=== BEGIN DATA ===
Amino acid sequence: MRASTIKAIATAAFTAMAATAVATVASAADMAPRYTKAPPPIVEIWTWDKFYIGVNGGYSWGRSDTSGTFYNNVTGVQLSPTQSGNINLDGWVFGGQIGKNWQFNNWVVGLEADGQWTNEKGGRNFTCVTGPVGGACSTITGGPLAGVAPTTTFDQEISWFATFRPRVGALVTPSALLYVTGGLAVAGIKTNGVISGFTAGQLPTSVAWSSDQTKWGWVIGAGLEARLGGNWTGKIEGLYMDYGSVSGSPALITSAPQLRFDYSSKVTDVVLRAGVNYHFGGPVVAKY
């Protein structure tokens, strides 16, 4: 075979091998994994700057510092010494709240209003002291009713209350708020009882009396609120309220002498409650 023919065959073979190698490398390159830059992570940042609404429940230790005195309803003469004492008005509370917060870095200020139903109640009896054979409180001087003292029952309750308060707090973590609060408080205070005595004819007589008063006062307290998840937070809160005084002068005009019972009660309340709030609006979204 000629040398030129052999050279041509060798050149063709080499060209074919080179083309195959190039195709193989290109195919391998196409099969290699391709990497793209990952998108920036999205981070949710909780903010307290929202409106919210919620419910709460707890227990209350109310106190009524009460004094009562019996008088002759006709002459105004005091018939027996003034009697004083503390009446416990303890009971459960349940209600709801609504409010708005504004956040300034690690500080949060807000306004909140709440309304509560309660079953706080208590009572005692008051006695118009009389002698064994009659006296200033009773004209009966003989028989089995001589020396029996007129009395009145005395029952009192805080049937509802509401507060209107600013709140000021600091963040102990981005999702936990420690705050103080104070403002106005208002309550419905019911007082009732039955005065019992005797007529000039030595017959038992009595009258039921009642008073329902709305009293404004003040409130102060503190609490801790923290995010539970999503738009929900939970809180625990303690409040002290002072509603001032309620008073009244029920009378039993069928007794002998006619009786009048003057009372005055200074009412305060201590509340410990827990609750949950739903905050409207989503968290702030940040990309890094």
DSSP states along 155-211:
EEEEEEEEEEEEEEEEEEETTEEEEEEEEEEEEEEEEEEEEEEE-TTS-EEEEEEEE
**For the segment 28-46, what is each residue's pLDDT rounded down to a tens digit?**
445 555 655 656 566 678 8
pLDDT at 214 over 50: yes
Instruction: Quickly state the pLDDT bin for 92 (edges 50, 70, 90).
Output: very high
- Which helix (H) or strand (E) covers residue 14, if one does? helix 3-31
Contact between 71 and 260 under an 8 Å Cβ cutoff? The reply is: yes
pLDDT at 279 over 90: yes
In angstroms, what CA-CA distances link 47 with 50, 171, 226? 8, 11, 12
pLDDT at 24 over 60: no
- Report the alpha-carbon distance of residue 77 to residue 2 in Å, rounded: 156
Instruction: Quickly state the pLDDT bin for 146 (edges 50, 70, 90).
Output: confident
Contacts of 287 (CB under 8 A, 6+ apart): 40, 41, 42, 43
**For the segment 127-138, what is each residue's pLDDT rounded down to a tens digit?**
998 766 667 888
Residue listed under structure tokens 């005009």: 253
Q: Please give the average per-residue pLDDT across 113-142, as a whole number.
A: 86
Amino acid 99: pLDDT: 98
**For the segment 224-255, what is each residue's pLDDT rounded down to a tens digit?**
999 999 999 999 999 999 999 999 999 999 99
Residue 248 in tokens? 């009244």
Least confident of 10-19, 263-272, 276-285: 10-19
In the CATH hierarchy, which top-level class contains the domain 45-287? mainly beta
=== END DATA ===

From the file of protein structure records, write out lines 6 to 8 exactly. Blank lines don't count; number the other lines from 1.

445 555 655 656 566 678 8
pLDDT at 214 over 50: yes
Instruction: Quickly state the pLDDT bin for 92 (edges 50, 70, 90).